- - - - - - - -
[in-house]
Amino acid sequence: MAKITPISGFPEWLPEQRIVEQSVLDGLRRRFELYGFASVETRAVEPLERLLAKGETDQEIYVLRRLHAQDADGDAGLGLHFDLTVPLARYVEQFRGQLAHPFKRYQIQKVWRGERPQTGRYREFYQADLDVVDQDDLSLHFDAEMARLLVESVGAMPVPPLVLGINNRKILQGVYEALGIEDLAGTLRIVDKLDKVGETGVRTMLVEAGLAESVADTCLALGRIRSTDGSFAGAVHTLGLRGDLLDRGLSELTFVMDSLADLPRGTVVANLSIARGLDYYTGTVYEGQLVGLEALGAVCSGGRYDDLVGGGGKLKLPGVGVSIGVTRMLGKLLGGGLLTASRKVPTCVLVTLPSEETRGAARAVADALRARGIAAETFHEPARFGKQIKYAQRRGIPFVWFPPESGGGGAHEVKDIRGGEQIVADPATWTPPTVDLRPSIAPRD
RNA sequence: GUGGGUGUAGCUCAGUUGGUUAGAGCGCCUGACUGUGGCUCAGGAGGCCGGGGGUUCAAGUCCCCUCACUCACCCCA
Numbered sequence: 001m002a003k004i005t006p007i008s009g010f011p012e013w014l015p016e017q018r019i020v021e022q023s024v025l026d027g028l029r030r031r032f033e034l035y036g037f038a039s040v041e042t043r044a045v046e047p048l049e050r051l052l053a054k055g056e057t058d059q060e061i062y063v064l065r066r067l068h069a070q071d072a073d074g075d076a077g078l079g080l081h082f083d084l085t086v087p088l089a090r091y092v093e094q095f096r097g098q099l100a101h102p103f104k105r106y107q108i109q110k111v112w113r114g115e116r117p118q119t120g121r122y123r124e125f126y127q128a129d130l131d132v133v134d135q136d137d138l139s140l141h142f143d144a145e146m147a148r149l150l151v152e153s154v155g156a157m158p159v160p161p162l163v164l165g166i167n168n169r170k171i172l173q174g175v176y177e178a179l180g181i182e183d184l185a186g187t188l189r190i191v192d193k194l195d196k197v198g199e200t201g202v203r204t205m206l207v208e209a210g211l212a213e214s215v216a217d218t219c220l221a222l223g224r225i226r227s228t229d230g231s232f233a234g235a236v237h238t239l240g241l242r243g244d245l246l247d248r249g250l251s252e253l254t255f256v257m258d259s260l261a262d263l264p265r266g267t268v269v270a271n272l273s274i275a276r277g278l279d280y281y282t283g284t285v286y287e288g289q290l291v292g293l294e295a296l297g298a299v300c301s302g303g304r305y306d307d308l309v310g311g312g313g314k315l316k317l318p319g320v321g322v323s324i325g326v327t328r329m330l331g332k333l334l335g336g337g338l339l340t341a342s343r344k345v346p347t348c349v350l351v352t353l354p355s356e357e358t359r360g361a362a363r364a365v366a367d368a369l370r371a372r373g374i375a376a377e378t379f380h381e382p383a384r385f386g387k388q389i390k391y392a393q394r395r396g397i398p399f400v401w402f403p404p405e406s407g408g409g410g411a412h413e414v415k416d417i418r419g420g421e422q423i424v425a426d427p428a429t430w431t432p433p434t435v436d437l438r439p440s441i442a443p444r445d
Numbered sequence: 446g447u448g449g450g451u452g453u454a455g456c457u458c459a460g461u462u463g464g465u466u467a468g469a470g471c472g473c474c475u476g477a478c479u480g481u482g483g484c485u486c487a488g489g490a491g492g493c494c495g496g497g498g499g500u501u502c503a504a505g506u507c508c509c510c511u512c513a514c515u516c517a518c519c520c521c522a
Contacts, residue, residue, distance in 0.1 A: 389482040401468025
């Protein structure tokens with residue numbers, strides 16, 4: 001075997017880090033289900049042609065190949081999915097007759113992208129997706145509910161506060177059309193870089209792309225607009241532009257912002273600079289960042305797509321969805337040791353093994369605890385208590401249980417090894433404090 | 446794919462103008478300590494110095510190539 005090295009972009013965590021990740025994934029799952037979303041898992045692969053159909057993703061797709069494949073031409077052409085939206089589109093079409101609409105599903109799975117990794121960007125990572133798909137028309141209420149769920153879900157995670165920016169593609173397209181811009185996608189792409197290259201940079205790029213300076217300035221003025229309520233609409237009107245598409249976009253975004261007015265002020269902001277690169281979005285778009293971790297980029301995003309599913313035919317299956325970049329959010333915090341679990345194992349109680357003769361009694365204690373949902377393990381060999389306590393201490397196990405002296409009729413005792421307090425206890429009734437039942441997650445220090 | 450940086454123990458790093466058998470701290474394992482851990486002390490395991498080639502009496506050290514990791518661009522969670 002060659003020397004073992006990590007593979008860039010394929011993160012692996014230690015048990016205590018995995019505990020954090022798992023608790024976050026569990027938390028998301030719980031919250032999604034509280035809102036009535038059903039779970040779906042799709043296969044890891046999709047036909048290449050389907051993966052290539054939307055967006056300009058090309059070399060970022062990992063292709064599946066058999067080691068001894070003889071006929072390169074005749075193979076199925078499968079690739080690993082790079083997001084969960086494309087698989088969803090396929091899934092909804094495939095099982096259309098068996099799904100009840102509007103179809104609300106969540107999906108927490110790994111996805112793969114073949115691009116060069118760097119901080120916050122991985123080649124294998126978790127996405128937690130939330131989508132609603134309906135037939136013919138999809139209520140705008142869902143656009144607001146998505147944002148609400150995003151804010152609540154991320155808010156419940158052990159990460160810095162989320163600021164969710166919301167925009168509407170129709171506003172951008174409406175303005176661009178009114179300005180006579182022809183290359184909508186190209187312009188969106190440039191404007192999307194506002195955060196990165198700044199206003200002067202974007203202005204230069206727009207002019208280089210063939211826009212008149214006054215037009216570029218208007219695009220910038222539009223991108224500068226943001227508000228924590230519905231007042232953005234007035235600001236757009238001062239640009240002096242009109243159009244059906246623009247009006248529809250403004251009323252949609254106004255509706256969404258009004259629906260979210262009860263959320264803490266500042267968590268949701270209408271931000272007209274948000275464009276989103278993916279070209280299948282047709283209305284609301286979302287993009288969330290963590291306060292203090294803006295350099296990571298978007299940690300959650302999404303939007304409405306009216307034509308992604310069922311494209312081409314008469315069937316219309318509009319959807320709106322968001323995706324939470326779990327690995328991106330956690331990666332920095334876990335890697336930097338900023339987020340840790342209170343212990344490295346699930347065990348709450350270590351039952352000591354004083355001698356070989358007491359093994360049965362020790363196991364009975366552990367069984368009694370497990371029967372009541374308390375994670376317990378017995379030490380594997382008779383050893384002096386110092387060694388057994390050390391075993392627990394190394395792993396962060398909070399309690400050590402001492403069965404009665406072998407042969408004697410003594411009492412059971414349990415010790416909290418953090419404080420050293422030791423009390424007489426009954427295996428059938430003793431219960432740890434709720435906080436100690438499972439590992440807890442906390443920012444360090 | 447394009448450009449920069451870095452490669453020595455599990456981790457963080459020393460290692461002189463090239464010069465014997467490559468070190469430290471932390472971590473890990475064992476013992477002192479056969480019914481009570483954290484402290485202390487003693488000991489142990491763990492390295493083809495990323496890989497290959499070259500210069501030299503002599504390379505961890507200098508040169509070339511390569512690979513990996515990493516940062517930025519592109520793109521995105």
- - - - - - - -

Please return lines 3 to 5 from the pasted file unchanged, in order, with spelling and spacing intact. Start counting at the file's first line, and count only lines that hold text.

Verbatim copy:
RNA sequence: GUGGGUGUAGCUCAGUUGGUUAGAGCGCCUGACUGUGGCUCAGGAGGCCGGGGGUUCAAGUCCCCUCACUCACCCCA
Numbered sequence: 001m002a003k004i005t006p007i008s009g010f011p012e013w014l015p016e017q018r019i020v021e022q023s024v025l026d027g028l029r030r031r032f033e034l035y036g037f038a039s040v041e042t043r044a045v046e047p048l049e050r051l052l053a054k055g056e057t058d059q060e061i062y063v064l065r066r067l068h069a070q071d072a073d074g075d076a077g078l079g080l081h082f083d084l085t086v087p088l089a090r091y092v093e094q095f096r097g098q099l100a101h102p103f104k105r106y107q108i109q110k111v112w113r114g115e116r117p118q119t120g121r122y123r124e125f126y127q128a129d130l131d132v133v134d135q136d137d138l139s140l141h142f143d144a145e146m147a148r149l150l151v152e153s154v155g156a157m158p159v160p161p162l163v164l165g166i167n168n169r170k171i172l173q174g175v176y177e178a179l180g181i182e183d184l185a186g187t188l189r190i191v192d193k194l195d196k197v198g199e200t201g202v203r204t205m206l207v208e209a210g211l212a213e214s215v216a217d218t219c220l221a222l223g224r225i226r227s228t229d230g231s232f233a234g235a236v237h238t239l240g241l242r243g244d245l246l247d248r249g250l251s252e253l254t255f256v257m258d259s260l261a262d263l264p265r266g267t268v269v270a271n272l273s274i275a276r277g278l279d280y281y282t283g284t285v286y287e288g289q290l291v292g293l294e295a296l297g298a299v300c301s302g303g304r305y306d307d308l309v310g311g312g313g314k315l316k317l318p319g320v321g322v323s324i325g326v327t328r329m330l331g332k333l334l335g336g337g338l339l340t341a342s343r344k345v346p347t348c349v350l351v352t353l354p355s356e357e358t359r360g361a362a363r364a365v366a367d368a369l370r371a372r373g374i375a376a377e378t379f380h381e382p383a384r385f386g387k388q389i390k391y392a393q394r395r396g397i398p399f400v401w402f403p404p405e406s407g408g409g410g411a412h413e414v415k416d417i418r419g420g421e422q423i424v425a426d427p428a429t430w431t432p433p434t435v436d437l438r439p440s441i442a443p444r445d
Numbered sequence: 446g447u448g449g450g451u452g453u454a455g456c457u458c459a460g461u462u463g464g465u466u467a468g469a470g471c472g473c474c475u476g477a478c479u480g481u482g483g484c485u486c487a488g489g490a491g492g493c494c495g496g497g498g499g500u501u502c503a504a505g506u507c508c509c510c511u512c513a514c515u516c517a518c519c520c521c522a